IRS Form 2290 – Heavy Vehicle Use Taxes

What is HVUT?
HVUT or Heavy Vehicle Use Tax is the fee imposed by the IRS annually on heavy vehicles that operate on public highways at registered gross weights equal to or exceeding 55,000 pounds.
The taxable gross weight of a vehicle is determined by adding the following:
• The actual unloaded weight of the vehicle, when it is fully equipped for service
• The actual unloaded weight of any trailers or semitrailers fully equipped for service normally used in addition to the vehicle
• The weight of the maximum load that can be carried on the vehicle and on any trailers or semitrailers typically used with the vehicle
• For Buses, The taxable gross weight is its actual unloaded weight fully equipped for service in addition to 150 pounds for each seat provided for passengers and driver.
The Tax Calculations:
The tax year for Form 2290 starts in July and ends in June of the next year. If the gross taxable weight is from 55,000 to 75,000 pounds, the HVUT is $100, plus $22 per thousand pounds over 55,000 pounds. For over 75,000 pound vehicles, the maximum HVUT is $550/ year. The taxes are lower for logging vehicles. Logging Vehicles are vehicles which are primarily used for transporting products harvested from the forest and is registered with a state agency as such.
Taxes are prorated for any vehicles placed into service after the month of July.
HVUT Exemptions:
There are a number of groups that receive exemptions from HVUT. Such as:
• Federal Government
• Indian tribal governments (for vehicles used in essential tribal functions)
• State & Local governments, including the District of Columbia
• Mass transportation authorities
• The American Red Cross
• Nonprofit volunteer fire departments, ambulance associations or rescue squads
There are also a number of vehicles exempted from the HVUT:
• Any vehicle not considered to be a highway motor vehicle — e.g., mobile machinery for non-transportation functions, vehicles specifically designed for off-highway use, and non-transportation trailers and semi-trailers
• Qualified blood collecting vehicles used by qualified blood collector organizations
• Mobile machinery that is used for non-transportation purposes
Exempt carriers may be required to file tax forms with the IRS or notify the local department of motor vehicles (DMV) of their exempt status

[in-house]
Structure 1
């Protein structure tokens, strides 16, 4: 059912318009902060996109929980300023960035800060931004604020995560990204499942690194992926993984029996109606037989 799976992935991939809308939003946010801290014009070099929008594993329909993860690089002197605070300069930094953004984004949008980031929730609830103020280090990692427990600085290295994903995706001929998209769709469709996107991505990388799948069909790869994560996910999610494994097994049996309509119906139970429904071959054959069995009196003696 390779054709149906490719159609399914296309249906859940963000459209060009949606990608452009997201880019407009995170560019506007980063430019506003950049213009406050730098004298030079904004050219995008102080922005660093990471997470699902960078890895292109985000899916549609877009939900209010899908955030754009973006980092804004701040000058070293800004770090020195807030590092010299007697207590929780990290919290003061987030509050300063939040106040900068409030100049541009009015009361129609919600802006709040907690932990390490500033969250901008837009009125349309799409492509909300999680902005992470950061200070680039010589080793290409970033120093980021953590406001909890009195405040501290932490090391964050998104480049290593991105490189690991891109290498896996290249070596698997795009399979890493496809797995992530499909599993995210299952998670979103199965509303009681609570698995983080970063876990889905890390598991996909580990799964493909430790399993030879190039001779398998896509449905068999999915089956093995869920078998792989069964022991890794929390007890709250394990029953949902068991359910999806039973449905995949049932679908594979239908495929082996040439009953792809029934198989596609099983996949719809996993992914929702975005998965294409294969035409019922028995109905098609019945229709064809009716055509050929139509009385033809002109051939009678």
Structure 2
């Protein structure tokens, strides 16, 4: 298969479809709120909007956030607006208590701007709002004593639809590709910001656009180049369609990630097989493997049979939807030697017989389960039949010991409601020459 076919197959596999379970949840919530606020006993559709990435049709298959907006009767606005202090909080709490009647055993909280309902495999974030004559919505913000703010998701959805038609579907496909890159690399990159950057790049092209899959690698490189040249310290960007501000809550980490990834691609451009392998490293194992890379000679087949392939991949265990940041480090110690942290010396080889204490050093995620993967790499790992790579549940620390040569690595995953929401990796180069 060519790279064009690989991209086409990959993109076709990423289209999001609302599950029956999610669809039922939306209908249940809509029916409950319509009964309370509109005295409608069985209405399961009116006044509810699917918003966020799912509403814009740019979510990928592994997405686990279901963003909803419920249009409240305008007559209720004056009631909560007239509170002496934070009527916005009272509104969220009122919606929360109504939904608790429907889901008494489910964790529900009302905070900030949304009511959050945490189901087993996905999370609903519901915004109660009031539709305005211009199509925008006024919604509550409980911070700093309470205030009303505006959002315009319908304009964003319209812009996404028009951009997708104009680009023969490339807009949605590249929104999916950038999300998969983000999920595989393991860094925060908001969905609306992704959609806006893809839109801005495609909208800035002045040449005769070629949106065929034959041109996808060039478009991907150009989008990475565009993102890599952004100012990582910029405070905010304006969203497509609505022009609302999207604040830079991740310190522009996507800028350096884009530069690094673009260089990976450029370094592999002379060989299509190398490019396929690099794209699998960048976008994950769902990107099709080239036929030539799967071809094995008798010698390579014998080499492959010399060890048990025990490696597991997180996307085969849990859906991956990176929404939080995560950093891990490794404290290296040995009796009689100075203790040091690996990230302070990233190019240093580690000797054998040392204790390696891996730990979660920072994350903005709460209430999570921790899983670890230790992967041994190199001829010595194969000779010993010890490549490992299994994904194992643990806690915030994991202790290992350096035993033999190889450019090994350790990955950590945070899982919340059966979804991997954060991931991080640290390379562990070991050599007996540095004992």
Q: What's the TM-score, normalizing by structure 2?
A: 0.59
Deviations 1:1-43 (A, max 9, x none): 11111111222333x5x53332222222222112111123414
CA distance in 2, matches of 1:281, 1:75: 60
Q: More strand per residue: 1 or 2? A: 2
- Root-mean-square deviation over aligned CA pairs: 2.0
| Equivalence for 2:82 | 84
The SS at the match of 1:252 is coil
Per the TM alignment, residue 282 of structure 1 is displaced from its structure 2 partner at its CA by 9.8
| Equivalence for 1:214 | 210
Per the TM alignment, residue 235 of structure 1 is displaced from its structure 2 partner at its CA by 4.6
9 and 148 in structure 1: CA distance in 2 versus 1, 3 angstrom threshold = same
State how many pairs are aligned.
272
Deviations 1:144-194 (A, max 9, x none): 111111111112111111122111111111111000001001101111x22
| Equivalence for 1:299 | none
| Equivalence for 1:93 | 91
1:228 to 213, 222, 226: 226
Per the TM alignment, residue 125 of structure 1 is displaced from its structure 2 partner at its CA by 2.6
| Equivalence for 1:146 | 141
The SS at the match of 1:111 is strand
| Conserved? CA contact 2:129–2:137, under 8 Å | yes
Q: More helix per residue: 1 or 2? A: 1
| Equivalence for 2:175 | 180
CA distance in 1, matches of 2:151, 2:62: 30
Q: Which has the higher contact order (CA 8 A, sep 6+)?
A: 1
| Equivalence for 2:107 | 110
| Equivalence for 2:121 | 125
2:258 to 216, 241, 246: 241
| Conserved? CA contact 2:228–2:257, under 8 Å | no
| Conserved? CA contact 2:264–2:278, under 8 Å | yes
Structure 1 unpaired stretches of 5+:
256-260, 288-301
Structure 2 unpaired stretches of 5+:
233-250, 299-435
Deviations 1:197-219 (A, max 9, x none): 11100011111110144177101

there are other vehicles that are exempt based on the number of miles it is driven:
• Commercial Vehicles traveling less than 5,000 miles annually
• Agriculture Vehicles traveling less than 7,500 miles annually
The above vehicles are called Suspended Vehicles, but must be reported to the IRS.
What is the Purpose of HVUT?
The HVUT is a significant source of transportation funding in the U.S. In 2006 alone, the HVUT generated more than $1.4 Billion in Federal Highway Trust Fund (HTF) revenue.
The Federal HTF protects America’s investment in its transportation infrastructure. In 2007 alone, Federal HTF receipts were $39.9 Billion, with $34.9 Billion dedicated to the HTF’s Highway Account. The Federal HTF finances a wide spectrum of transportation investments which include:
• Highway improvements (e.g., land acquisition, other right-of-way costs, preliminary and construction engineering, construction and reconstruction, resurfacing and restoration costs of roadways and bridges)
• Highway and bridge maintenance
• Highway law enforcement
• Safety programs (e.g., driver education and training, vehicle inspection programs, enforcement of vehicle size and weight limits)
• Congestion relief projects
• Administrative costs (e.g., research, engineering)
Investment in our nation’s highway infrastructure helps:
• Save money, time, & lives
• Reduce the amount and severity of crashes for all kinds of vehicles
• Enhance the ability of emergency responders
• Lower fuel and insurance costs
• Decrease energy consumption
• Ease congestion
• Boost air quality
• Increase mobility
• Improve the efficiency of the movement of goods
• Raise business productivity
• Strengthen the nation’s economic productivity
Since the vast majority of all funds contributed by states to the Federal HTF are returned through highway improvements, this is a direct incentive for state agencies to take necessary measures to enhance HVUT compliance.


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